The couple interviewed in the piece, having completed a 6-year journey through infertility and IVF, has a 4-year old son and twin toddlers. With seven remaining embryos, they had a decision to make. For them, “Donation wasn’t an option, the annual storage fee was an added financial strain, and disposing of them unimaginable.” Enter a company called “Baby Bee Hummingbirds,” who placed the embryos in a heart-shaped pendant.

My first impulse, not without some merit, was to find this all a rather ghastly business. Each of these embryos is a unique genetic human created in the image of God. I find myself critical of parents who don’t seem to have fully thought out the ramifications of fertilizing ten or more eggs. If these are genuinely human beings, then the creation (if that’s the right word) of “leftovers” is itself deeply problematic. It takes a great deal of restraint for a mother, who must have eggs harvested after a somewhat risky hyperovulatory cycle, and the physician, who will be judged on the success rates of achieving pregnancy, to fertilize only enough embryos to be implanted once. That is understood. But the ethical choice usually follows the more difficult path of restraint, and that includes the decision on how many embryos are to be made.

On another level, one which is a bit more gracious, perhaps, I try to see some redemptive value in this. Presumably “donation” was for medical research, for which I would commend the parents’ avoidance. It does not mention embryo adoption, which could fall under “donation” and would be ethically the best decision. But, with hundreds of thousands of human embryos in liquid nitrogen in fertility clinics across the United States alone, this is no full solution to the problem, and shouldn’t be seen as an easy “out” ethically. In the parents, there is a reflection that these are more than just unwanted clumps of cells, as something beautiful is being attempted to serve as a kind of memorial to the lives that could have fully developed. Maybe this is some effort to take something, quite literally ashes, and redeem it. Maybe it is a message to the world that we should all think a lot harder about what assisted reproduction fully means, and to what it speaks of human life. We sometimes carry the cremated ashes of loved ones with us as a reminder of their significance, after all. Perhaps this helps affirm the humanity of these embryonic humans?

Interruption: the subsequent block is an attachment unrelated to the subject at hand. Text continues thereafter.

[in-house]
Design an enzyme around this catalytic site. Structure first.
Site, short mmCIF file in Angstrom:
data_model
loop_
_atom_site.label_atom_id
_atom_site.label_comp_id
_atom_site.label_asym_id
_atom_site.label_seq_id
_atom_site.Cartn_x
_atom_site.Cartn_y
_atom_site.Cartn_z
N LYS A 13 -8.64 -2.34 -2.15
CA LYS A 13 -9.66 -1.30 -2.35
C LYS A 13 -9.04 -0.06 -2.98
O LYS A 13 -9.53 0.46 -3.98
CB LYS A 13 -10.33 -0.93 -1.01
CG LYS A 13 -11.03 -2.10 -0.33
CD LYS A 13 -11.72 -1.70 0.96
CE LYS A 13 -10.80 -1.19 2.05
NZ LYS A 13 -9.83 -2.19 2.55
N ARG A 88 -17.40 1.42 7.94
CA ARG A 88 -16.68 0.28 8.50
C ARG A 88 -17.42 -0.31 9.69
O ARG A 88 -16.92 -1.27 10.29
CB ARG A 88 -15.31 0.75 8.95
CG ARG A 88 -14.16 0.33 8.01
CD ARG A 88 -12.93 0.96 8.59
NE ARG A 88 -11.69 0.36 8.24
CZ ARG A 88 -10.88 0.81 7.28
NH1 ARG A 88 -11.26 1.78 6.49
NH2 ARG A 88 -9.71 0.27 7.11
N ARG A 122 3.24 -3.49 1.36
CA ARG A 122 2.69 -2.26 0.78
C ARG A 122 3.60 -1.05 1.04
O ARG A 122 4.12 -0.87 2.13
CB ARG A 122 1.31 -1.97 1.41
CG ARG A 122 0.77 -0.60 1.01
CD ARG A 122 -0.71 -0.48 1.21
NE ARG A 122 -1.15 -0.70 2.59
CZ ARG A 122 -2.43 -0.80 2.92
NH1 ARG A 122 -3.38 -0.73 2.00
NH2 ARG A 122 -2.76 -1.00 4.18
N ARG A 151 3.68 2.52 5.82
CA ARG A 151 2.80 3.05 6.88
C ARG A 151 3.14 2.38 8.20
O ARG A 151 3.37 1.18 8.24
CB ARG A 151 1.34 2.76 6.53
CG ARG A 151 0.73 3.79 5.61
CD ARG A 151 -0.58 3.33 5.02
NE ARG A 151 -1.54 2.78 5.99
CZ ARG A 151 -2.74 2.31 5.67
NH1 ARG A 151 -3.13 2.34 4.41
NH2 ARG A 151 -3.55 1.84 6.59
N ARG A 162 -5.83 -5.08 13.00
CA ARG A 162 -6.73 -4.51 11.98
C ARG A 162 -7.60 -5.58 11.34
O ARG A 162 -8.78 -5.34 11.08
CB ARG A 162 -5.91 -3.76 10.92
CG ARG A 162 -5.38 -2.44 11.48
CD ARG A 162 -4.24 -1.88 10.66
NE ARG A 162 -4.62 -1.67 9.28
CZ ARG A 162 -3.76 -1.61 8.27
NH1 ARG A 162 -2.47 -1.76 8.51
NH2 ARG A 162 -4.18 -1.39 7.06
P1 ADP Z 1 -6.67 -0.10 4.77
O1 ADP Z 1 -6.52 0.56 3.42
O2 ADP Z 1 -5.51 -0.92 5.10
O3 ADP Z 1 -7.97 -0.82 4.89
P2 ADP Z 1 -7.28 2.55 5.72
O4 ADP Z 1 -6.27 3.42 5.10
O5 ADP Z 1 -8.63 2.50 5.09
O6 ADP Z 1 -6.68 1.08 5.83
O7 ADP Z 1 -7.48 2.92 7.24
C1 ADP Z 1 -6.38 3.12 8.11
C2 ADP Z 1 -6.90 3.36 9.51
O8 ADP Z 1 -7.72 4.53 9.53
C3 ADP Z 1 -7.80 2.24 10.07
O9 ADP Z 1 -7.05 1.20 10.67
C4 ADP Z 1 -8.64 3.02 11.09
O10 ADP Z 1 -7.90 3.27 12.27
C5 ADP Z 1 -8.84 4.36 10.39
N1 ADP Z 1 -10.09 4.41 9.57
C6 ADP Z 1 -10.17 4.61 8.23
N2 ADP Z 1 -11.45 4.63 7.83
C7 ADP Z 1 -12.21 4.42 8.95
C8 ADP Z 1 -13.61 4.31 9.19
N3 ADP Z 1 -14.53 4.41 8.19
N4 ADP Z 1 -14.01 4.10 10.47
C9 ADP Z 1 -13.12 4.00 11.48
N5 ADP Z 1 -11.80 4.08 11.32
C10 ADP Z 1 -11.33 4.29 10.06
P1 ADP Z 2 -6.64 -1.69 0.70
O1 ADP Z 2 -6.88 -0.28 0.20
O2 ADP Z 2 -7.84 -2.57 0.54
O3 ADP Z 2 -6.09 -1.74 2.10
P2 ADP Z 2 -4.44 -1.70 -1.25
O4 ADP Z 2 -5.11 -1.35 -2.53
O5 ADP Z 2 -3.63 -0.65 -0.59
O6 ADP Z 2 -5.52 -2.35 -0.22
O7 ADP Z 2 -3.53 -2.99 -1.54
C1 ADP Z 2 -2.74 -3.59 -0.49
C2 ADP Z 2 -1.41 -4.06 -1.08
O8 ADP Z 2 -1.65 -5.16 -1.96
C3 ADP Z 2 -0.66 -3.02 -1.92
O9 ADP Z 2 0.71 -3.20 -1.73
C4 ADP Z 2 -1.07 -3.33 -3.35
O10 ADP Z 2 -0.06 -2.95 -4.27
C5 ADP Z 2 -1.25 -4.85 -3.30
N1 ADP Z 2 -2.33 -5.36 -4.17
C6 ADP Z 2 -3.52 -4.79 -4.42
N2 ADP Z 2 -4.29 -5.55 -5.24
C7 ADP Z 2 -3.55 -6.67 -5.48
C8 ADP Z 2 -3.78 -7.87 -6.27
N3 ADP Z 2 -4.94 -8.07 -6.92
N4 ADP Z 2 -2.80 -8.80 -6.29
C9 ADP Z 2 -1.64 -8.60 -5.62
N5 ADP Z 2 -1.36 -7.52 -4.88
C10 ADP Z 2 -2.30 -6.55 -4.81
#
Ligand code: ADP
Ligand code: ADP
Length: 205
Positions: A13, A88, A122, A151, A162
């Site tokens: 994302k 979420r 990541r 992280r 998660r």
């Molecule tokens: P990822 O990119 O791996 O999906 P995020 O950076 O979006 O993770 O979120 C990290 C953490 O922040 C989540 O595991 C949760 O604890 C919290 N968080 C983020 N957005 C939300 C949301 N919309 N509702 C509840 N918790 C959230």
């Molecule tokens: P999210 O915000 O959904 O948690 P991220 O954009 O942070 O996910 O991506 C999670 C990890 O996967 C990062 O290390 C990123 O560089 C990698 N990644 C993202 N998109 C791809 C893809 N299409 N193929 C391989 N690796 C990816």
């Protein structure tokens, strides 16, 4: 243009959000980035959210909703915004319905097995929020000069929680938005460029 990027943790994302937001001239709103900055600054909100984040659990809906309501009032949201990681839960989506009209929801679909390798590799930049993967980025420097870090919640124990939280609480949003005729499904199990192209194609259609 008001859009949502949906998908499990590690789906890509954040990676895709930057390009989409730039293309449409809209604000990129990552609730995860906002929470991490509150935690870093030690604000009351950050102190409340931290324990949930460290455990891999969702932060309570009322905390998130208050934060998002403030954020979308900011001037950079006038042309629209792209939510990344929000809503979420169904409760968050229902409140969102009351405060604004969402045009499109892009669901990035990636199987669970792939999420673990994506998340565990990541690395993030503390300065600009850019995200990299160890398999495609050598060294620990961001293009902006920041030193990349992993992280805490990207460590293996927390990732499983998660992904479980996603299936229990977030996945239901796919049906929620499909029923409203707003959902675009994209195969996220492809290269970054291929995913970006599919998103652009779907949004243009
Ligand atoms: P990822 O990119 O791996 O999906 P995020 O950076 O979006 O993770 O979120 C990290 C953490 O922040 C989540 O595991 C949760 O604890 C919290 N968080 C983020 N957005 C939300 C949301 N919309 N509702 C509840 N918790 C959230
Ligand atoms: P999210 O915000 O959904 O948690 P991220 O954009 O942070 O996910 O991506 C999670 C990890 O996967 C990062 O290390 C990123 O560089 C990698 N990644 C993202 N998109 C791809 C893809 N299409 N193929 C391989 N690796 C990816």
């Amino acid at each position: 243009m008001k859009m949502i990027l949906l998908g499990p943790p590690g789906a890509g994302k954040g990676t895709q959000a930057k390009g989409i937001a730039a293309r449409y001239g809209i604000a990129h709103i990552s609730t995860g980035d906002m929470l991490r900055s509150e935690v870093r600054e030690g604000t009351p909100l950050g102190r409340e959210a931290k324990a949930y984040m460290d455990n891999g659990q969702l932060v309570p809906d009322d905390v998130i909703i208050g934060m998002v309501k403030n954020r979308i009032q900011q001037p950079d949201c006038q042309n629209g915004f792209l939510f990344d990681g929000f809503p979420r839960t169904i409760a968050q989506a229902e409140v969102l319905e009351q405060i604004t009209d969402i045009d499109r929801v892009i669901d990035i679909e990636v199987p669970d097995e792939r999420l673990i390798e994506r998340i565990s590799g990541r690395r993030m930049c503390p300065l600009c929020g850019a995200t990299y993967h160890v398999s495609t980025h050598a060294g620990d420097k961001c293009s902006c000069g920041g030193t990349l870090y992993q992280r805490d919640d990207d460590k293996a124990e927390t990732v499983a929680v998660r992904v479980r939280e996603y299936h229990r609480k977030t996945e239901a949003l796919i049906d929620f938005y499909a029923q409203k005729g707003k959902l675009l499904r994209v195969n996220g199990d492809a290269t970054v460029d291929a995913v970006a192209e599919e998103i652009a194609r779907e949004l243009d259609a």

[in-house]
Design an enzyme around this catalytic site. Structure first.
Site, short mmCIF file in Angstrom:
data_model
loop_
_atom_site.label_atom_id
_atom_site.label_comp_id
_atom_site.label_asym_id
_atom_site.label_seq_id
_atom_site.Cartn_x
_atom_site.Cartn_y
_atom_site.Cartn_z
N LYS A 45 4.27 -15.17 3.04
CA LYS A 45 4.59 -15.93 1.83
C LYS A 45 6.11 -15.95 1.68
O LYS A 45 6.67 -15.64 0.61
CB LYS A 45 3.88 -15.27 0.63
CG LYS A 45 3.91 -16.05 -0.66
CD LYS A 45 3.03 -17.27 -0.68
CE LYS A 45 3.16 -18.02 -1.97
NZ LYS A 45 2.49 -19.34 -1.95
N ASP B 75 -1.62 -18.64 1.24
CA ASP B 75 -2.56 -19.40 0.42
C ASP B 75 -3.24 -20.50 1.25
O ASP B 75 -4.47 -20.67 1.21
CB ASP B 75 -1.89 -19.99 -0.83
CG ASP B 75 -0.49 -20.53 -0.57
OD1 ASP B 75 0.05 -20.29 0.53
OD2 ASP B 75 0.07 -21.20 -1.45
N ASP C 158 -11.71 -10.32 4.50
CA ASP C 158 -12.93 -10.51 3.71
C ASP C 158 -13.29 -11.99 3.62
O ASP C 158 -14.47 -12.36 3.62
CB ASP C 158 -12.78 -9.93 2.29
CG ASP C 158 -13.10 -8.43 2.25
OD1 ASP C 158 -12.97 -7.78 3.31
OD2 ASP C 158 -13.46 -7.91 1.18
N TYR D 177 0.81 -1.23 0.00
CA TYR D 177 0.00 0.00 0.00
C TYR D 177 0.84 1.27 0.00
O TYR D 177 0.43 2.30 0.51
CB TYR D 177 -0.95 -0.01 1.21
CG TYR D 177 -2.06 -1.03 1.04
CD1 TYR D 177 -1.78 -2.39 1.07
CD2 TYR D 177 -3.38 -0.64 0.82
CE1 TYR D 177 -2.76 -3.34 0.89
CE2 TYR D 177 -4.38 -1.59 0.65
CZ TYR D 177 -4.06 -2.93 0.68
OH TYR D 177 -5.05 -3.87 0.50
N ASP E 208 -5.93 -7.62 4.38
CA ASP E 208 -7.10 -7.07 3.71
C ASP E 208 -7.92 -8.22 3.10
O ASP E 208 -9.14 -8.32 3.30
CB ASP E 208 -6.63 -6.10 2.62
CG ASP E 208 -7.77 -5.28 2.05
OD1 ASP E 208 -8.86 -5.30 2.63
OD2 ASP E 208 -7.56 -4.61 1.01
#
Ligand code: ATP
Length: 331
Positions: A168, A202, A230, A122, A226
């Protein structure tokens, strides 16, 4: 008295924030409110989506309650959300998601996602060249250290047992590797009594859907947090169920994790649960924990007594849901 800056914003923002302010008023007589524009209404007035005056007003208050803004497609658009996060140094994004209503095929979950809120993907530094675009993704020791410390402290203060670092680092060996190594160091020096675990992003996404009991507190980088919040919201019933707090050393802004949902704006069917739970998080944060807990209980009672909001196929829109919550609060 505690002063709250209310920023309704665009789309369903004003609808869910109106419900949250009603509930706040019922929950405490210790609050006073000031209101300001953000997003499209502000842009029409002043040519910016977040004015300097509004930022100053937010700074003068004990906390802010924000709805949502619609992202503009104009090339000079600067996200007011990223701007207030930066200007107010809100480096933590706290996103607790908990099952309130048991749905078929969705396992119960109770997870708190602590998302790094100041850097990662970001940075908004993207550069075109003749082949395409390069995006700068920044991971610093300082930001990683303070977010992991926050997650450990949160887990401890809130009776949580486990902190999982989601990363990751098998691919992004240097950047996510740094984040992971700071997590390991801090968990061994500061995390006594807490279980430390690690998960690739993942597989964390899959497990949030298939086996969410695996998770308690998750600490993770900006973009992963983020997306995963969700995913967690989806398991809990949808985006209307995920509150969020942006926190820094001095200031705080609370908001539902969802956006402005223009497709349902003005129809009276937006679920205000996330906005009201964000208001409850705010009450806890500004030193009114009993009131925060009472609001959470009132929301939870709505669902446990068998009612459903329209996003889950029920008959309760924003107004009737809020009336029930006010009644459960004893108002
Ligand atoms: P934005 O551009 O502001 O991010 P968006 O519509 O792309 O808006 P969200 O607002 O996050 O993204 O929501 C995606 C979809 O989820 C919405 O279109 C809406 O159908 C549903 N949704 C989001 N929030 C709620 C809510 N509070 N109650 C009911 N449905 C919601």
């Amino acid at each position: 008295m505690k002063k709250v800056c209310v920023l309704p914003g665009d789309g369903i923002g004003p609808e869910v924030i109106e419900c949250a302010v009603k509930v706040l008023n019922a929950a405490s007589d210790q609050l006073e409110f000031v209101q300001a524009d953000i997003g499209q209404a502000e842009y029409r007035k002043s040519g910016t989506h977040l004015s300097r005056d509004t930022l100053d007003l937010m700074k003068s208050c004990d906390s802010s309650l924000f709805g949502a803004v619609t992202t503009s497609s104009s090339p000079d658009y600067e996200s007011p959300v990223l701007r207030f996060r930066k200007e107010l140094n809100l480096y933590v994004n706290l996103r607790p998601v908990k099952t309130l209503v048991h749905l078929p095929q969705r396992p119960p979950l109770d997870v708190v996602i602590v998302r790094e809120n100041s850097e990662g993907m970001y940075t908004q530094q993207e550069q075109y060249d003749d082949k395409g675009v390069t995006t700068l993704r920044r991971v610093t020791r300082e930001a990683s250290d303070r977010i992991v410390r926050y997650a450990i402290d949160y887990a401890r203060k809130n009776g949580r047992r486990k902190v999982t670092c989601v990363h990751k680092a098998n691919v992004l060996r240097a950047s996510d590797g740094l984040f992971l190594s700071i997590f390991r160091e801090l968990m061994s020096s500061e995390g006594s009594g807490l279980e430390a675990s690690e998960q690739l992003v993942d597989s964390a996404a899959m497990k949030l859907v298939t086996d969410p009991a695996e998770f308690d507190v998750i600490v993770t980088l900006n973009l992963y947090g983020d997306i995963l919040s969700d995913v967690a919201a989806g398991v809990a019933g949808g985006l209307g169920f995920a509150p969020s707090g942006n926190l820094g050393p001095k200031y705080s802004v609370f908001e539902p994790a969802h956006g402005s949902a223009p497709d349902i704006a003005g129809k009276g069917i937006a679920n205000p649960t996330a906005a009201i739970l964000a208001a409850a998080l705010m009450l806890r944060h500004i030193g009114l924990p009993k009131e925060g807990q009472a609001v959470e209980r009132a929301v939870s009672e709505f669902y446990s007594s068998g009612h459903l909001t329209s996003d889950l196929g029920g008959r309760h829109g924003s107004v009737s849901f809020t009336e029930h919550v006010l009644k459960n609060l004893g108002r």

Yet…this ultimately shows us what kind of a mess we have created. We feel better about children that we never gave the opportunity to breathe and walk and talk because we have made something pretty to carry them around “close to our hearts.” That the parents made the choice that these embryos will not live on can’t be lost here.

From the mother interviewed:

“Finding this has brought me so much comfort and joy.
I [am] finally at peace and my journey complete.
My embryos were my babies – frozen in time.
When we completed our family, it wasn’t in my heart to destroy them.
Now they are forever with me in a beautiful keepsake.”

Assisted reproduction has been described as the “wild, wild West” ethically…there is little regulation of the industry worldwide, it exists in (to use another metaphor) “uncharted waters,” and it has offered hope to people who desperately dream of loving a child…and may spare no expense or physical burden to achieve it. I can speak to the difficult journey of infertility because my wife and I traveled it. We set our boundaries early and held to them, but could easily see how each step leads to the next, and how gut-wrenching it is to say, “done.” This is not a critique of IVF per se. It is a reminder that anyone who undertakes the process (or, indeed, makes the decision to bring children into the world) should reflect on the motives behind and consequences associated with it.

This industry, this process, at its worst, instrumentalizes children. It takes a beautiful desire that has been met with profound pain and somehow convinces us that we have a right to children…children who look like us, will give us an ideal-sized family, and (ultimately and chillingly) will be the best that science can make. It is when children become a means, maybe the means to our fulfillment, that we lose sight of the sacrificial love that parenting represents. In a world of idols, this is another, and it is one that is consequential.

Medical errors and more medical errors